The highlights from Y.'s speech therapy evaluation yesterday.
"I spoke with Y.'s physical therapist, and," the speech therapist paused and looked at me with a concerned expression, "she has cerebral palsy."
There is a lull in the conversation as a try to decide whether or not she thinks she is actually imparting new information. She then continues, "And it seems to only affect her from the hips down."
There is another pause as I process this whole conversation. I am completely speechless with indecision about what my appropriate response should be. The options were too many, and I still don't know if she thought I actually didn't know this.
The short story is that Y. qualifies for speech therapy. (As if I had any question about that.) I also know that if we get this particular therapist, we will be waiting for speech to start a while longer in order to get someone whom both Y. and I can work with.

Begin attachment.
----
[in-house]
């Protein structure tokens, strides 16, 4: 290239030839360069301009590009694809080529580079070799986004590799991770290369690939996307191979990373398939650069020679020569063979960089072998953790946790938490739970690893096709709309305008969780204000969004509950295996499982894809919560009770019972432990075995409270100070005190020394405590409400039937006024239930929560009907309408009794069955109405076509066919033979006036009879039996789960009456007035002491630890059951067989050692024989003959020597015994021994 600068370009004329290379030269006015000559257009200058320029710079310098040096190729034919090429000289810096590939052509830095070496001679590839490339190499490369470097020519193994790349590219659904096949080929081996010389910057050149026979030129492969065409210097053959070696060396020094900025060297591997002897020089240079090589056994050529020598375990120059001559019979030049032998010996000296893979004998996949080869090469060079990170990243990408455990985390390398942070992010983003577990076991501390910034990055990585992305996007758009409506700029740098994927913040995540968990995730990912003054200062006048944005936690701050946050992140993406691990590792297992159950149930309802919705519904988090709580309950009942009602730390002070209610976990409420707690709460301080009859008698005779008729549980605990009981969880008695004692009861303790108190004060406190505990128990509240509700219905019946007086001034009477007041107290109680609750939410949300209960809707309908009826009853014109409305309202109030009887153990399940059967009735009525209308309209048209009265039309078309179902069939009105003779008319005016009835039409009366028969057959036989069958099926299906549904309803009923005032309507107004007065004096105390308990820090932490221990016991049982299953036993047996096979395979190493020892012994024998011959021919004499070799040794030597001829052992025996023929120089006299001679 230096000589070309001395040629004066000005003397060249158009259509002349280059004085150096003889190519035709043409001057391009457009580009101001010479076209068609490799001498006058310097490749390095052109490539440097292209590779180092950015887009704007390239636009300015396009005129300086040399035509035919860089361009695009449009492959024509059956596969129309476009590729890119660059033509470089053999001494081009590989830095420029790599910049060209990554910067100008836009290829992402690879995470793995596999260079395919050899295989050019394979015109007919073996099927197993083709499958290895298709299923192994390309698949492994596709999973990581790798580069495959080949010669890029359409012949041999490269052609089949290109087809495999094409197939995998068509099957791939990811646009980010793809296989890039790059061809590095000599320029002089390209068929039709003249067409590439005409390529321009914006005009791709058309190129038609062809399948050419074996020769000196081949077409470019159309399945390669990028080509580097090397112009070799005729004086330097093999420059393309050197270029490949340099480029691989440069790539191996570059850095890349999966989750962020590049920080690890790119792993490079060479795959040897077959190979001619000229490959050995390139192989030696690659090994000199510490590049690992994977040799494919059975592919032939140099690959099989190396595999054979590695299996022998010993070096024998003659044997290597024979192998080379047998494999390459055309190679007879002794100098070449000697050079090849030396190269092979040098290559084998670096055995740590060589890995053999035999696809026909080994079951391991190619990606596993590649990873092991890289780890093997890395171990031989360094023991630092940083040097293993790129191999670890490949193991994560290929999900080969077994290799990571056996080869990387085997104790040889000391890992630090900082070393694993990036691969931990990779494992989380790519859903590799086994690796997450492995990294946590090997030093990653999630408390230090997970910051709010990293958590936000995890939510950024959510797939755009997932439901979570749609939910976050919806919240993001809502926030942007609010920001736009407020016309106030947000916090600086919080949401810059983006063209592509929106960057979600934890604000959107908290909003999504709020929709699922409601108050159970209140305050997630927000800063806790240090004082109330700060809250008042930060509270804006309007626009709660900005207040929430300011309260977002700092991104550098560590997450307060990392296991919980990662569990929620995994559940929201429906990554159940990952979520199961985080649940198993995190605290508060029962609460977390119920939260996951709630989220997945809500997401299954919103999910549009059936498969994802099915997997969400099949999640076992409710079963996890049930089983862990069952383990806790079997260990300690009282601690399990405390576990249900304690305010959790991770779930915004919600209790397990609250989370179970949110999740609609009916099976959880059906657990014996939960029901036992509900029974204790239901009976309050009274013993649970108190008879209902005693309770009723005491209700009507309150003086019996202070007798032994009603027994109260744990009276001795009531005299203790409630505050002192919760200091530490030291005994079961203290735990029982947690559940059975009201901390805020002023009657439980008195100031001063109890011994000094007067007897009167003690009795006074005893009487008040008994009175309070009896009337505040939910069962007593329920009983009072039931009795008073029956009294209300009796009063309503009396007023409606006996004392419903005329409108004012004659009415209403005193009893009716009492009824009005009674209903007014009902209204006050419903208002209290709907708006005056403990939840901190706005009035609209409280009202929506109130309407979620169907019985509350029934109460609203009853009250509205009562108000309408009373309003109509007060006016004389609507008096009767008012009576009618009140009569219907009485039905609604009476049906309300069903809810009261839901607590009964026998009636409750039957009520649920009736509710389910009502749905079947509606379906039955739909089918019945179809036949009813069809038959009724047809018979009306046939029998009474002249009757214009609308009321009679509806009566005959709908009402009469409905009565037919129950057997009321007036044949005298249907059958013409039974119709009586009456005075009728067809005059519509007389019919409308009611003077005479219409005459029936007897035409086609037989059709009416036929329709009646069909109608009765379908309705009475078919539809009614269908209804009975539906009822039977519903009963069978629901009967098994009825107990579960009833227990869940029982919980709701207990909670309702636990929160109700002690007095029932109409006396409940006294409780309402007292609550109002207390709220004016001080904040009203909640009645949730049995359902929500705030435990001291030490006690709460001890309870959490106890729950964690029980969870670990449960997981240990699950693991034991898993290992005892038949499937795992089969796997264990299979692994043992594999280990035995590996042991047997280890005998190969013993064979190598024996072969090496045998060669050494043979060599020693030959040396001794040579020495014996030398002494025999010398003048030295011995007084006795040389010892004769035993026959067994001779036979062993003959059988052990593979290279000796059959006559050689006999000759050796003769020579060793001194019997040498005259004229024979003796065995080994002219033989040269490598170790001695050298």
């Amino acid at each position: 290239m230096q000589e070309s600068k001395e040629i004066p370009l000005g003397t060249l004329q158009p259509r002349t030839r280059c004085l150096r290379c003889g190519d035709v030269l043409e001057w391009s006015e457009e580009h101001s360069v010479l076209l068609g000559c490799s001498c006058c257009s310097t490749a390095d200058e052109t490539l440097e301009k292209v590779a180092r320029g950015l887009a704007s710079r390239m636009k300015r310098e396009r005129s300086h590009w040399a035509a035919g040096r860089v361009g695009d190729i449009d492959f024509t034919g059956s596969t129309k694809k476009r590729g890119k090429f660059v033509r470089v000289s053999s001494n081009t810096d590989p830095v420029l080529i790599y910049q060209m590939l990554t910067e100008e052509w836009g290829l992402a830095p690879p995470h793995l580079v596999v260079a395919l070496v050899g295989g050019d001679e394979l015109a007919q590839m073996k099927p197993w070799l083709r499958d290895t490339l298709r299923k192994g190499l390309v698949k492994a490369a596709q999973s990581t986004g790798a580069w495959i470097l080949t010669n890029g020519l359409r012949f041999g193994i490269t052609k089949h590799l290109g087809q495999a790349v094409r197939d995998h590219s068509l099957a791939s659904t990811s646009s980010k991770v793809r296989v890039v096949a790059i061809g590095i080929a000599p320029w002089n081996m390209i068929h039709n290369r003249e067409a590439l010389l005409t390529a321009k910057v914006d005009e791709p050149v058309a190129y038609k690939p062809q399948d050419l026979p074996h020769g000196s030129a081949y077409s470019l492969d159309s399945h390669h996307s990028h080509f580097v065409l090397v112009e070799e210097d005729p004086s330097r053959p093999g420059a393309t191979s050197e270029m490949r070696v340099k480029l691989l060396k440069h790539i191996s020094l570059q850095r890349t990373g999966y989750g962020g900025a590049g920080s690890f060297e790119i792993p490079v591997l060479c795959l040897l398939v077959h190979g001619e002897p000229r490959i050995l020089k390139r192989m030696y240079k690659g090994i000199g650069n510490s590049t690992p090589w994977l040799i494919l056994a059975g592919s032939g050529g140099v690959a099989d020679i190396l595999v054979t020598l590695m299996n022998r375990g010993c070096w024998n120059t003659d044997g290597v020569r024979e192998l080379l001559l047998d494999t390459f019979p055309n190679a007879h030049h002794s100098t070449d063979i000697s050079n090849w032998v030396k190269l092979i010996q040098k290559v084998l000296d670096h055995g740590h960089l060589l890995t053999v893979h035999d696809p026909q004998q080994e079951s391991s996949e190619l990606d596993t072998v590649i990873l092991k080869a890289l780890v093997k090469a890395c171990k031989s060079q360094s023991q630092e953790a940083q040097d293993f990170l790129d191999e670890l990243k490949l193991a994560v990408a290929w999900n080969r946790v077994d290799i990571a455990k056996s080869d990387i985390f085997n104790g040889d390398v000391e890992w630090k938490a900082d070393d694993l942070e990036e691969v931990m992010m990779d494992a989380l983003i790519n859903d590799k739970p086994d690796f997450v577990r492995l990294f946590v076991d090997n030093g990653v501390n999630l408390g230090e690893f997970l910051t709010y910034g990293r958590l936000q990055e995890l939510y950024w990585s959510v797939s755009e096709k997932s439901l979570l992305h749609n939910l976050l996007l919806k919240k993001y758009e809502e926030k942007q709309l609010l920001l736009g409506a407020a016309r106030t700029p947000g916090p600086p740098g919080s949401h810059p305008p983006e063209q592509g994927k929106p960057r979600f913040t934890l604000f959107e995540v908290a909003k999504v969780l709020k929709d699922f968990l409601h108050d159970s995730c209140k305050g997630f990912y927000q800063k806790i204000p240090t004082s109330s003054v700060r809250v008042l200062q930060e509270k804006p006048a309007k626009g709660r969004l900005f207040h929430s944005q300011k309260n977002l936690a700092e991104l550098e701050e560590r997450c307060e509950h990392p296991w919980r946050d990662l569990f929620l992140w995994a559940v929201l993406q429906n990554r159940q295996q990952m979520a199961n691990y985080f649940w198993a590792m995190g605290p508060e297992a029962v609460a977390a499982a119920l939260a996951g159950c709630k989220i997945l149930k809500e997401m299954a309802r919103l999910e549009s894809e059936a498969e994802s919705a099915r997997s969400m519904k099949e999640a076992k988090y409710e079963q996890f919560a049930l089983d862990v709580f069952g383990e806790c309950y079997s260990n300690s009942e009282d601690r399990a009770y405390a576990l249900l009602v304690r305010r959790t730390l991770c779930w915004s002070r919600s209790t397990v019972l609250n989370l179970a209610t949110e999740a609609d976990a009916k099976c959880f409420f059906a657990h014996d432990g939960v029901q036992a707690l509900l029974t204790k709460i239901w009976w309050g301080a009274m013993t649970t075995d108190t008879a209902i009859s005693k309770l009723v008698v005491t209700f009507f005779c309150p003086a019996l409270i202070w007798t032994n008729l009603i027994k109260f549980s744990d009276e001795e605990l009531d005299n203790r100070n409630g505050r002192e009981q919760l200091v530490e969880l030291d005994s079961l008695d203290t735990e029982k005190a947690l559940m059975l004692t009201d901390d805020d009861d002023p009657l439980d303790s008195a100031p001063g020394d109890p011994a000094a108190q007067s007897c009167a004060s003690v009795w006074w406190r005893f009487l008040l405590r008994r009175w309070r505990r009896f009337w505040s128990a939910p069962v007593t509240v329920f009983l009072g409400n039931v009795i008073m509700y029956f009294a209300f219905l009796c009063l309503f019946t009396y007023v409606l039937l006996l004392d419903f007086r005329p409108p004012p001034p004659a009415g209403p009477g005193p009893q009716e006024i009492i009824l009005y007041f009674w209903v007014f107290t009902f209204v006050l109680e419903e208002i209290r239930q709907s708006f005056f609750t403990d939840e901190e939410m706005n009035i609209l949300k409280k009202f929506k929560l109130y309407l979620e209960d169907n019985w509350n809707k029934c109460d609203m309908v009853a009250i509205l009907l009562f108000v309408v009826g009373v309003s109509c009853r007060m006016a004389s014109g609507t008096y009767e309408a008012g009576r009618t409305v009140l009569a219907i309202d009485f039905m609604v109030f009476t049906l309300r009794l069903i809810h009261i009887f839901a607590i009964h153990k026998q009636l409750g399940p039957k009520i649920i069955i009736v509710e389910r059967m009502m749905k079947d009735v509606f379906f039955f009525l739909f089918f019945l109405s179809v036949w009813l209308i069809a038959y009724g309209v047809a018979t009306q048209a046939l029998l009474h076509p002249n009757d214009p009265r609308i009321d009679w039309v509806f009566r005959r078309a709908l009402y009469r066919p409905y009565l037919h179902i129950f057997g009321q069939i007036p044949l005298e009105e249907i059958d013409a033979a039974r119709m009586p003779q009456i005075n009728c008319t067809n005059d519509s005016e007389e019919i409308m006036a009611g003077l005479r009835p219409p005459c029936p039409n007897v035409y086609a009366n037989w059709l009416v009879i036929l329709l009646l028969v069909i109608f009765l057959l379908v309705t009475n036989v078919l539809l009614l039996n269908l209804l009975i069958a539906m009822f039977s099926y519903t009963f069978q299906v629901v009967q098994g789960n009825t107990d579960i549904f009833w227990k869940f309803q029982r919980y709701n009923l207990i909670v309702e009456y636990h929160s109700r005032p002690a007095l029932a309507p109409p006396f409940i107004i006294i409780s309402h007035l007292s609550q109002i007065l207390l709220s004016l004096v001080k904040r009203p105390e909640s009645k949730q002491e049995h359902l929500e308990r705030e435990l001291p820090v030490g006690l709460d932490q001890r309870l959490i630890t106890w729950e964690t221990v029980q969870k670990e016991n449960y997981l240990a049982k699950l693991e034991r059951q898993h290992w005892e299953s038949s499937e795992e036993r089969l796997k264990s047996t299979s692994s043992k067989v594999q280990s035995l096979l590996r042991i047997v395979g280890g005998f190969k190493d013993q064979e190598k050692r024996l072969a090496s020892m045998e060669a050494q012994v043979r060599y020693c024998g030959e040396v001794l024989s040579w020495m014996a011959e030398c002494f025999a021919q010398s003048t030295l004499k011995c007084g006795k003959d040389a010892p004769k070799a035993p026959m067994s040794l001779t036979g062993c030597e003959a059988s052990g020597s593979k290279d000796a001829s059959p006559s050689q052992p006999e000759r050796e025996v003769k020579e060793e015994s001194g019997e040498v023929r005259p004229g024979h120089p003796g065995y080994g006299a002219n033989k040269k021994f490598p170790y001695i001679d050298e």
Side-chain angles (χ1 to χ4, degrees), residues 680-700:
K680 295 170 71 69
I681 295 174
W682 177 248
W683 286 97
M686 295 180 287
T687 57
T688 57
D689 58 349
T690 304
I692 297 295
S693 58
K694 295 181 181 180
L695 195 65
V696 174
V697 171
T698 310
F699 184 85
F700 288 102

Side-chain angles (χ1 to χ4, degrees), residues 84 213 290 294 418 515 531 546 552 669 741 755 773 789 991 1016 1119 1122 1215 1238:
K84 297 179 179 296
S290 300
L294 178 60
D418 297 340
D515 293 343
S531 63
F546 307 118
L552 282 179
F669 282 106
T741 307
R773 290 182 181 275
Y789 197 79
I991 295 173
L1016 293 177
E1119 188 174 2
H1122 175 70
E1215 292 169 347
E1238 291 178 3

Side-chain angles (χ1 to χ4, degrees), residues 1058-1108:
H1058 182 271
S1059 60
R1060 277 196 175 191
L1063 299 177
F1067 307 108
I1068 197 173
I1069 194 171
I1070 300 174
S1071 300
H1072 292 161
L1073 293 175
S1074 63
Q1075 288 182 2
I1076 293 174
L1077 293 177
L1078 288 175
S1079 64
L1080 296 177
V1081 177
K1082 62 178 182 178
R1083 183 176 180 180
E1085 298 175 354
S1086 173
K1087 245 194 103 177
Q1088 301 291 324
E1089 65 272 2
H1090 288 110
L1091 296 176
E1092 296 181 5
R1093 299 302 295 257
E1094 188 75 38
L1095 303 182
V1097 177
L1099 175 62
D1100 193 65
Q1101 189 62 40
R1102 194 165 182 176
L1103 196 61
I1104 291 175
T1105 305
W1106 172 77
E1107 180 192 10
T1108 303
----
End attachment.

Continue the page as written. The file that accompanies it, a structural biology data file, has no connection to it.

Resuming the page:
Let's just say that Y. was not smitten with this particular person, and spent the entire hour letting her know in every imaginable way possible exactly how she felt. I have a bad suspicion that the therapist interpreted her uncooperativeness as inability. I also didn't really appreciate the vocabulary lesson about what the 'diaphragm' is, especially when I used that word (correctly) in my parental worksheet detailing what I believed was the problem. Turns out I was right, even before the not-so-helpful vocabulary lesson.
After the summing up at the end of the session, the therapist then turns to me and asks, with an eager and hopeful expression on her face, "Did you learn anything new or surprising?"
My patience, worn thin by the uncooperative child and the clueless adult, caused me to reply with a terse, "No."
I don't believe I've ever seen Y. move quite as fast as she did to leave the office.